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Judge Julian W. Mack Dies at 77; Funeral Today

Funeral services will be held tomorrow at the Free Synagogue here for Judge Julian W. Mack, prominent Jewish leader who retired in 1941 as judge of the United States Circuit Court of Appeals after a brilliant career of thirty-eight years on the bench. He died at his home at the age of 77.

An exponent of democracy in Jewish community life as well as in national affairs, Judge Mack was an ardent supporter of the American Jewish Congress, and upon its formation in 1917 was elected its first president. He was the first chairman of the Committee of Jewish Delegations at the Versailles Peace Conference in 1919 which secured national minority rights for Jews in European countries. Since 1914 he has been closely identified with the Zionist movement and was the president of the Zionist Organization of America from 1918 to 1921, later becoming its honorary president. He twice visited Palestine, and in 1941 a colony in Palestine. Ramath Ha’shofeth, was named in his honor.

Born in San Francisco, Judge Mack was graduated from Harvard University and also studied at the Universities of Berlin and Leipzig. He was a professor of law at Northwestern University and at the University of Chicago, prior to his appointment to the bench.

The full scope of Judge Mack’s many-sided interest in Jewish life is indicated by the fact that he was president of the National Conference of Jewish Charities for several years; he was the first president, in 1917, of the national organization of the Y.M.H.A. and the Y.W.H.A.; honorary chairman of the United Jewish Appeal and the United Palestine Appeal; president of the Palestine Endowment Fund, Inc., and on the Alexander Kohut Memorial Foundation; chairman of the board of trustees of the Jewish Institute of Religion and a member of the board of governors of the Hebrew University and Institute of Jewish Studies, Jerusalem. Also, he was honorary president of the American Economic Committee for Palestine and honorary chairman of the American Representatives of the Jewish Agency for Palestine.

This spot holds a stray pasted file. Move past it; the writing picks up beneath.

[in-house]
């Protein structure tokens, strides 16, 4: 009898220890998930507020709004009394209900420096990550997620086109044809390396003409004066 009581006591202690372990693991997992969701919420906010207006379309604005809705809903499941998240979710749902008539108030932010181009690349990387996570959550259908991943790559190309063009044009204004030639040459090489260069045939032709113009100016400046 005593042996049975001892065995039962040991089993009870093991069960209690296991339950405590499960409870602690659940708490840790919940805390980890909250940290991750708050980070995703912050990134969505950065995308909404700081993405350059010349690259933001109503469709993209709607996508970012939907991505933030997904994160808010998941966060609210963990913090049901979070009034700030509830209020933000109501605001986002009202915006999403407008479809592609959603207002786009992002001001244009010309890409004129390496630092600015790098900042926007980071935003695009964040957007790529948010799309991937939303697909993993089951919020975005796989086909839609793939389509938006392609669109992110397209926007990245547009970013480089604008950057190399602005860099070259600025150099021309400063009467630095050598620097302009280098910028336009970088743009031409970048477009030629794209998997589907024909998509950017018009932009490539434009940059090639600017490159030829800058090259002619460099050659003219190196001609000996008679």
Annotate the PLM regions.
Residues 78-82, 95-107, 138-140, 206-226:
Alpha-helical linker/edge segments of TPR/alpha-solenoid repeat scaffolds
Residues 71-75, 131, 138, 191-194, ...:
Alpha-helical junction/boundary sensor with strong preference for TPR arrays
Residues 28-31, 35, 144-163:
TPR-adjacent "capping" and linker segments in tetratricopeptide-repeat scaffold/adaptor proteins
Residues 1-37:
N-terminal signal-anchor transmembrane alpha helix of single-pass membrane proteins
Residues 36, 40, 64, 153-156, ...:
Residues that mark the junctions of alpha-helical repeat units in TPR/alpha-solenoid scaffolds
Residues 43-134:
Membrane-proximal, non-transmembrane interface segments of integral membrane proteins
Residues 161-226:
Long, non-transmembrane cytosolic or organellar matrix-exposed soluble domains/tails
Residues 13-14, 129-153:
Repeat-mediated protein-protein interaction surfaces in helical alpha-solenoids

BELIEVED ARAB-JEWISH QUESTION CAN BE SOLVED; OPPOSED WHITE PAPER

Deeply interested in Jewish life in Palestine, Judge Mack was among the most vigorous opponents of the British White Paper under which Jewish immigration to Palestine is to cease next March. “Leaders of thought and action in Great Britain,” he said in a recent statement, “have already protested against the White Paper as being in complete conflict both with the letter and the spirit of the Mandate and the Balfour Declaration. From that paper we must appeal to the inherent sense of justice and fair dealings of the British people. Great Britain has never yet and in my judgment never will proclaim or accept the doctrine that its international undertakings are to be treated as mere scraps of paper.

“The Arab question is capable of solution,” Judge Mack said. “The Jew have never desired to dominate, either in Palestine or elsewhere. They have asked only that they be not dominated. If the mandatory power will but carry out the part assigned to it under the letter and the spirit of the Mandate, through officials in Palestine sympathetic thereto, the Jews and the Arabs of the Holy Land will be give the best incentive for full cooperative action.”

Judge Mack’s guiding credo in his efforts on behalf of the Jews the world over was; “We ask no more for the Jew than we do for anybody else.”

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